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The practical application of the foregoing hints is illustrated by the following examples.

1. Construct an isosceles triangle having given the base, and the sum of one of the equal sides and the perpendicular drawn from the vertex to the base.

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Let AB be the given base, and K the sum of one side and the perpendicular drawn from the vertex to the base. ANALYSIS. Suppose ABC to be the required triangle.

From C draw CX perpendicular to AB:
then AB is bisected at X.

1. 26. Now if we produce XC to H, making XH equal to K,

it follows that CH=CA;

and if AH is joined,
we notice that the angle CÂH=the angle CHA.

I. 5. Now the straight lines XH and AH can be drawn before the position of C is known ;

Hence we have the following construction, which we arrange synthetically. SYNTHESIS.

Bisect AB at X: from X draw XH perpendicular to AB, making XH equal to K.

Join AH.
At the point A in HA, make the angle HAC equal to the angle AHX.

Join CB.
Then ACB shall be the triangle required.
First the triangle is isosceles, for AC=BC. 1. 4.
Again, since the angle HAC=the angle AHC, Constr.
:: HC=AC.

1. 6.
To each add CX;
then the sum of AC, CX=the sum of HC, CX

=HX. That is, the sum of AC, CX=K,

Q. E. F,

2. To divide a given straight line so that the square on one part may be double of the square on the other.

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Let AB be the given straight line.

ANALYSIS. Suppose AB to be divided as required at X: that is, suppose the square on AX to be double of the square on XB.

Now we remember that in an isosceles right-angled triangle, the square on the hypotenuse is double of the square on either of the equal sides.

This suggests to us to draw BC perpendicular to AB, to make BC equal to BX, and to join XC. Then the square on XC is double of the square on XB; I. 47.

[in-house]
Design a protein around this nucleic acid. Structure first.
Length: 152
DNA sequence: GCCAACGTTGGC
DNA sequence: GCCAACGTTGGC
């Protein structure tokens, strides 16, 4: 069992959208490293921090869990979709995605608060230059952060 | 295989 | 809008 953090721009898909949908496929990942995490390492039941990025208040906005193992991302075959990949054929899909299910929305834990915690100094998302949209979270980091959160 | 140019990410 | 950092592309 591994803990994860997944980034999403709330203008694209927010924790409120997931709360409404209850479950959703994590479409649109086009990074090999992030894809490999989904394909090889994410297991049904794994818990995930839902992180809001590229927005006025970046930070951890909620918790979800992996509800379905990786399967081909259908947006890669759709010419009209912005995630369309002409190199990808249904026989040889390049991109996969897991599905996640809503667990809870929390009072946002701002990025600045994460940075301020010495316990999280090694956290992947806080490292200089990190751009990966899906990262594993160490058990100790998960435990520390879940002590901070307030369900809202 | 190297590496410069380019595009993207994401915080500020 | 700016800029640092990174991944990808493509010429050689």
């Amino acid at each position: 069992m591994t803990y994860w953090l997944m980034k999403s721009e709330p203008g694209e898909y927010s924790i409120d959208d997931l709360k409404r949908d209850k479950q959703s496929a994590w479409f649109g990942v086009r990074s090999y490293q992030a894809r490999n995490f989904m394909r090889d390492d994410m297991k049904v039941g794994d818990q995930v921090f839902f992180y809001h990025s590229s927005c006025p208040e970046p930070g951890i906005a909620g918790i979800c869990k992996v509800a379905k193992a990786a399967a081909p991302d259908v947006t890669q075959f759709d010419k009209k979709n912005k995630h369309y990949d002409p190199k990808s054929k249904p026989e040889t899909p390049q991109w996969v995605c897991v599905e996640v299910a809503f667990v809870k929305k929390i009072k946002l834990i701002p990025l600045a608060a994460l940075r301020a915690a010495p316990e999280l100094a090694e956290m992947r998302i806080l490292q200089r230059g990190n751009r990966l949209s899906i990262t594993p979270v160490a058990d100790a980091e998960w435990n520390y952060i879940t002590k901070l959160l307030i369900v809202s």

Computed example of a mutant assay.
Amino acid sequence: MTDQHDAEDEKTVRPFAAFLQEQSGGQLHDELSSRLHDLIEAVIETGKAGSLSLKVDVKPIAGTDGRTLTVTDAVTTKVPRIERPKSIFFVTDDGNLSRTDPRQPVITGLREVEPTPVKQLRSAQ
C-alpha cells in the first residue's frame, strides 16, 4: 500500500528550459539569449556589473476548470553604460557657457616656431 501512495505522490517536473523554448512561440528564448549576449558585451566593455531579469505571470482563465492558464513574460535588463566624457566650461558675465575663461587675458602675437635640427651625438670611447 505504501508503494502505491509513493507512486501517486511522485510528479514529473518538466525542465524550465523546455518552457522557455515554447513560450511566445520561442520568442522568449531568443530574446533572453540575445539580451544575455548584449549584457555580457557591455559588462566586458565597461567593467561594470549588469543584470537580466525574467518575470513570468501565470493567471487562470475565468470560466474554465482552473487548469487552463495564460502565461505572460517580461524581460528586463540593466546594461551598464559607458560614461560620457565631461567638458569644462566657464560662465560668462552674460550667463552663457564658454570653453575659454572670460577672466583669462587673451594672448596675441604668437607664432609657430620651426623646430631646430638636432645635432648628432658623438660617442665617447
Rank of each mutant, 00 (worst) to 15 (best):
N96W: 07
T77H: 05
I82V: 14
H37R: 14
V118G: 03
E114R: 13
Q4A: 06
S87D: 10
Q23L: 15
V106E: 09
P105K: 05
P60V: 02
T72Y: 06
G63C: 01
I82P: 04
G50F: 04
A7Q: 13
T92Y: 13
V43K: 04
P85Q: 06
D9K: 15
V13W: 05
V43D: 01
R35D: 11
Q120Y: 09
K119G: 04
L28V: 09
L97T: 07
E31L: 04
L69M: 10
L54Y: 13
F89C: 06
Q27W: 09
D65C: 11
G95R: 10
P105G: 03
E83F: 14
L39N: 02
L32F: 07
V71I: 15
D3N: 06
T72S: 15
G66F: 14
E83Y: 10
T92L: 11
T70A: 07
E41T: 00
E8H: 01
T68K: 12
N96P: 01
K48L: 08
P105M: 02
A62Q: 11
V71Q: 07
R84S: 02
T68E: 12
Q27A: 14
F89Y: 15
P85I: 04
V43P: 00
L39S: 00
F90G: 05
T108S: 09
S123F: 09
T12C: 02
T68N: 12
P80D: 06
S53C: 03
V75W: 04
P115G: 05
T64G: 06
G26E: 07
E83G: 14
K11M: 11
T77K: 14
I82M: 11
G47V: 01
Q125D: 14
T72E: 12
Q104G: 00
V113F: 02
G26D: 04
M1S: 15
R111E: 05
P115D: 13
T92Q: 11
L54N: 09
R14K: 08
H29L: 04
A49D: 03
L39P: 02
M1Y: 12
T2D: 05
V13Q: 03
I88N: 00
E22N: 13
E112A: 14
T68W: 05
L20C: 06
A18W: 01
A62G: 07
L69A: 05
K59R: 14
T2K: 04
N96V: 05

:: XC=AX.
Hence when we join AC, we notice that
the angle XÁC=the angle XCA.

1. 5. Thus the exterior angle CXB is double of the angle XAC.

1. 32. But the angle CXB is half of a right angle;

1. 32. : the angle XAC is one-fourth of a right angle.

This supplies the clue to the following construction :--
SYNTHESIS. From B draw BD perpendicular to AB;

and from A draw AC, making BAC one-fourth of a right angle. From C, the intersection of AC and BD, draw CX, making the angle ACX equal to the angle BAC.

I. 23.
Then AB shall be divided as required at X.
For since the angle XCA=the angle XAC,
: XA=XC.

I. 6. And because the angle BXC=the sum of the angles BAC, ACX, 1. 32.

:. the angle BXC is half a right angle.

And the angle at B is a right angle ;
:. the angle BCX is half a right angle ;
:. the angle BXC=the angle BCX;

BX=BC. Hence the square on XC is double of the square on XB : I. 47. that is, the square on AX is double of the square on XB. Q. E. F.

1. 32.

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I.

ON THE IDENTICAL EQUALITY OF TRIANGLES.

See Propositions 4, 8, 26.

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1. If in a triangle the perpendicular from the vertex on the base bisects the base, then the triangle is isosceles.

2. If the bisector of the vertical angle of a triangle is also perpendicular to the base, the triangle is isosceles.

3. If the bisector of the vertical angle of a triangle also bisects the base, the triangle is isosceles.

[Produce the bisector, and complete the construction after the manner of 1. 16.]

4. If in a triangle a pair of straight lines drawn from the ex. tremities of the base, making equal angles with the remaining sides, are equal, the triangle is isosceles.

5. If in a triangle the perpendiculars drawn from the extremities of the base to the opposite sides are equal, the triangle is isosceles.

6. Two triangles ABC, ABD on the same base AB, and on opposite sides of it, are such that AC is equal to AD, and BC is equal to BD: shew that the line joining the points C and D is perpendicular to AB.